I’d be willing to extend Bell until his age 32 season, not sure how many years of free agency that would buy out, but 32 is the cutoff. For the reasons I laid out with Hosmer, an NL team can’t invest long term in an over 30 first baseman because there is nowhere to put him if things go south. And I’d only be willing to go to 32 with Bell because he’s a switch hitter. 30 if he wasn’t.
Wow, Richard Dyer’s assessment of what is going on in SF is about as bleak as it gets. I actually see the logic behind what they have done this winter with the roster. Future looks ugly though and Dyer’s analysis suggests the roster might not be their biggest problem.
It’s all conjecture. He’s a hack. When you see the name Dyer know that you’re going to read an article that’s intended to get responses like the one you gave. He suckered you in.
Obviously, I haven’t learned my lesson cuz I still find myself to be curious to read his crap.
What a terrible analysis of the expansion issue, it’s all about “how do we get these veterans paid?” That is the last question that should come up. It is laughable to just assume that hypothetical Mexico City and Montreal teams could sustain a $200million payroll when the league average is like $125mil. You would be hard-pressed to argue that they could get a stadium and stay in the black with even a $60 million payroll every year.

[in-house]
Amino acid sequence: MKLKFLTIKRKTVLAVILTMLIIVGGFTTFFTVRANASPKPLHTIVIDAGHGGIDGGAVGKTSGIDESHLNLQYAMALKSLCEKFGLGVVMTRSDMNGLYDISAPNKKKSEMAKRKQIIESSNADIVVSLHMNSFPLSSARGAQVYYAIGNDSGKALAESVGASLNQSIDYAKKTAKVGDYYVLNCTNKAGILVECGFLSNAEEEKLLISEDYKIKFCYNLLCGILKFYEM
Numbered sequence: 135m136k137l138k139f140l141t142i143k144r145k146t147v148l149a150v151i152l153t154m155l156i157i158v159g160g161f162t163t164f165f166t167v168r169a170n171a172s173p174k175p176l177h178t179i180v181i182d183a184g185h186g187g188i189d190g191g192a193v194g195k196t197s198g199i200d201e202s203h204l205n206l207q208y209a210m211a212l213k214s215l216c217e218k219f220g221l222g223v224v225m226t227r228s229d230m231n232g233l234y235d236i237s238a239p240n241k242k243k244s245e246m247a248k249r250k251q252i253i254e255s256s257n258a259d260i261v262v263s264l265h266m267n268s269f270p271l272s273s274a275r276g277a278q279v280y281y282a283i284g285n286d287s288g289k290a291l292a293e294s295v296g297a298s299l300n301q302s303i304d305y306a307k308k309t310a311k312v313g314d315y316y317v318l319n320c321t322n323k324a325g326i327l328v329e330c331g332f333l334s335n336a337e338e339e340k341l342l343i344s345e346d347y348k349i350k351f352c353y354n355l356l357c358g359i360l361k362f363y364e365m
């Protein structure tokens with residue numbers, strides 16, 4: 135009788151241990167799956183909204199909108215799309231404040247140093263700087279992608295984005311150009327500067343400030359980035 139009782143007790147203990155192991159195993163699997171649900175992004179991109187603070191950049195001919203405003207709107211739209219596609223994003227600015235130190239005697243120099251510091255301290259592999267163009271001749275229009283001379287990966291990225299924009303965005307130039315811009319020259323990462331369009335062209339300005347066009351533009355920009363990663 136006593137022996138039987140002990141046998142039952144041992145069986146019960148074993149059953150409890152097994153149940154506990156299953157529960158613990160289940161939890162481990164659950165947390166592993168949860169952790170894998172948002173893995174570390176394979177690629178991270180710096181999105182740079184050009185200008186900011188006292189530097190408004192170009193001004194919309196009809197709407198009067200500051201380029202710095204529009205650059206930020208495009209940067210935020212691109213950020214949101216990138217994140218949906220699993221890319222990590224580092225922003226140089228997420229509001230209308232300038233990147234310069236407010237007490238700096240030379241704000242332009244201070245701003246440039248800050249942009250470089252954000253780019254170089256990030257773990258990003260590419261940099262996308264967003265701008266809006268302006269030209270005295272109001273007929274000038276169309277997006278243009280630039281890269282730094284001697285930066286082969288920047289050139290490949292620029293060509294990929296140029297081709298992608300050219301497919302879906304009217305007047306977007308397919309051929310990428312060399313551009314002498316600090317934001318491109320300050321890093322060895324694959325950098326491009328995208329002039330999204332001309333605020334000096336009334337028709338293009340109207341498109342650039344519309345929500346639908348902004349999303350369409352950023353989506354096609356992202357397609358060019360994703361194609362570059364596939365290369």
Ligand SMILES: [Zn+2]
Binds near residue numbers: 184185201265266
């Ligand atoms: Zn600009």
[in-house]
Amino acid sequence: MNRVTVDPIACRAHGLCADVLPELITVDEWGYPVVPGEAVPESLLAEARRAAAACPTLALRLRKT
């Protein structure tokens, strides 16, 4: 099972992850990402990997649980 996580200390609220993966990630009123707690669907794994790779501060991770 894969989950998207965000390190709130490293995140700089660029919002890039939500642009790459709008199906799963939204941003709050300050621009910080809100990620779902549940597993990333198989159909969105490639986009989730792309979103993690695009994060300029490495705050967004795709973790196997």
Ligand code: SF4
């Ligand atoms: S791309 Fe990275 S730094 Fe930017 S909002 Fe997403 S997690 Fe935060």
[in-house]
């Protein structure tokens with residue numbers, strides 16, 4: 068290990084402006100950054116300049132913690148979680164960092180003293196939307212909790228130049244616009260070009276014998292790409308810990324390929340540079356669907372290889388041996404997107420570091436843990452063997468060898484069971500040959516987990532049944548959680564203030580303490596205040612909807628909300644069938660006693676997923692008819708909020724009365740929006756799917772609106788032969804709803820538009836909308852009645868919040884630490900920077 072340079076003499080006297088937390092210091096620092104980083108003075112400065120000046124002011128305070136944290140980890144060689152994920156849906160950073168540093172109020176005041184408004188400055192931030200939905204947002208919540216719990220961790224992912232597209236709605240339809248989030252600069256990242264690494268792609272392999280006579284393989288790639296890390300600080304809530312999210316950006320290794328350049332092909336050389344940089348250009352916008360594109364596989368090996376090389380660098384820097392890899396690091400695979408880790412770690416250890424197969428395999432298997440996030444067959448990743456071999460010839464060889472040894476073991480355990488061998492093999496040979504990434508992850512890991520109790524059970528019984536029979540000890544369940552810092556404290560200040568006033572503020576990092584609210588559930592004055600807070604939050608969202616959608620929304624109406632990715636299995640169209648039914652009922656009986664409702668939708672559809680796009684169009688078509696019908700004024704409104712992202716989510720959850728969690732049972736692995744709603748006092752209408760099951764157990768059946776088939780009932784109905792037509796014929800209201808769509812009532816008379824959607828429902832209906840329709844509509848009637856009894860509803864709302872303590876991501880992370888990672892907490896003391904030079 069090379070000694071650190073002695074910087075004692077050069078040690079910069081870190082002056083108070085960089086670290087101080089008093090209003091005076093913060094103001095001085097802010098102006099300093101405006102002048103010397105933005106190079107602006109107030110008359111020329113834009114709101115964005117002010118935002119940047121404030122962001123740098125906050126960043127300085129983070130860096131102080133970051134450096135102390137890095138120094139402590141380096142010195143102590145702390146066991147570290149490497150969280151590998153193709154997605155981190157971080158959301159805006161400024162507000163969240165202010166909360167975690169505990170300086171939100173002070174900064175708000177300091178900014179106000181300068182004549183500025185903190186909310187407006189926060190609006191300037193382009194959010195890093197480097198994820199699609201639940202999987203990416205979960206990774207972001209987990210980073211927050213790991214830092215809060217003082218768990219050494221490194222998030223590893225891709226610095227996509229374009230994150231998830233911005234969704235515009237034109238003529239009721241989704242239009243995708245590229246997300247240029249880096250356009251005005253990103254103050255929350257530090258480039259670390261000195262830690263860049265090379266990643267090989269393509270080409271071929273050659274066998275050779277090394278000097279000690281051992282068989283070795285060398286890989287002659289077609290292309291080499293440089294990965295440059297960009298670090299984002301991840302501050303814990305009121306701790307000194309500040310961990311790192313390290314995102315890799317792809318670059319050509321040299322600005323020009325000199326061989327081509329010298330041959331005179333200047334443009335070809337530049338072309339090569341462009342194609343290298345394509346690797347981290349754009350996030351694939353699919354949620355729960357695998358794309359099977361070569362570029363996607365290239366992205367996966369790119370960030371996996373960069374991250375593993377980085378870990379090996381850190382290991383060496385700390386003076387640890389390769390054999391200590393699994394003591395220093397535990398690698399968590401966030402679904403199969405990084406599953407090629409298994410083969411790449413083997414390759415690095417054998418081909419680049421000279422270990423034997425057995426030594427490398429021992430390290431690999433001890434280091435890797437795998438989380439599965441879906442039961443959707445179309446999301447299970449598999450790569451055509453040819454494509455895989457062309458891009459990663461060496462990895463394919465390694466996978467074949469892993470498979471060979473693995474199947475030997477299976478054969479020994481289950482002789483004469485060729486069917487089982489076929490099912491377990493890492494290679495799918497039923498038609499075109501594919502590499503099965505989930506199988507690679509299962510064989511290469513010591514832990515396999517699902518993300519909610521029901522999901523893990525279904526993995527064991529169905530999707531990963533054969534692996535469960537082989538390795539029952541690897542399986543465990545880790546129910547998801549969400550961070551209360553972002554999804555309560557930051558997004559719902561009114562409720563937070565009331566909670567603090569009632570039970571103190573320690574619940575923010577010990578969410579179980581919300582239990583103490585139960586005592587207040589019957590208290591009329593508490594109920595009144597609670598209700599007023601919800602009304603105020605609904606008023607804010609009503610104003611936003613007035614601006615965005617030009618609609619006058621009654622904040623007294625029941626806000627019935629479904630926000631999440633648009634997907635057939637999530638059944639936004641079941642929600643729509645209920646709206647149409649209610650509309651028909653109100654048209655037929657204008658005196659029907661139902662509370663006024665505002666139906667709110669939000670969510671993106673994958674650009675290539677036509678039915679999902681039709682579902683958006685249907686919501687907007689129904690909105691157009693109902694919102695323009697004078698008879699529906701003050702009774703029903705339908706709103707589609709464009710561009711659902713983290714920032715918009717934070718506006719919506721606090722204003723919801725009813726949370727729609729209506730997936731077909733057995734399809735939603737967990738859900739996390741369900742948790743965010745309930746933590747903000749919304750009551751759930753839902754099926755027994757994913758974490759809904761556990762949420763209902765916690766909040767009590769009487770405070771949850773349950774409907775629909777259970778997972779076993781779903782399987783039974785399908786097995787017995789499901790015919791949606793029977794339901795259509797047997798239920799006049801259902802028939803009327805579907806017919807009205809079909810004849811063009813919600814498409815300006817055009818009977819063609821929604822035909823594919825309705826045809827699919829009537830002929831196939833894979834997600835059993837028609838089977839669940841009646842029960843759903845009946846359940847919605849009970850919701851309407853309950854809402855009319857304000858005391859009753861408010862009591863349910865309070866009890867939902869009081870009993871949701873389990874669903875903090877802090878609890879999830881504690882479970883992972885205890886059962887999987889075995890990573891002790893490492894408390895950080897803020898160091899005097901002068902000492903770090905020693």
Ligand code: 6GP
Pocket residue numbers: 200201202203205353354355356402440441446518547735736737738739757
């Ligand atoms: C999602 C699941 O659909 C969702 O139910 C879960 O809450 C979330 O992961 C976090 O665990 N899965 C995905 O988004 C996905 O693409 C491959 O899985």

If the question is “how do we get these veterans paid” then the answers should come from the next round of collective bargaining negotiations.
A lot of that was a stretch, but I think the bigger point was that there’s enough bodies to cover two expansion teams without watering down MLB.
I might be alone in this opinion, but I think MLB would benefit from a couple of teams added in the west to help balance things out more geographically. Perhaps Portland and Las Vegas would make the most sense.
Montreal at one time would host large crowds. It’s expected to do so again should a team be reinstalled. An argument against Mexico City is strong, though, in my opinion as fans from the opposing team would be significantly more hesitant to travel to see their team play.
The BP Toronto article is quite good.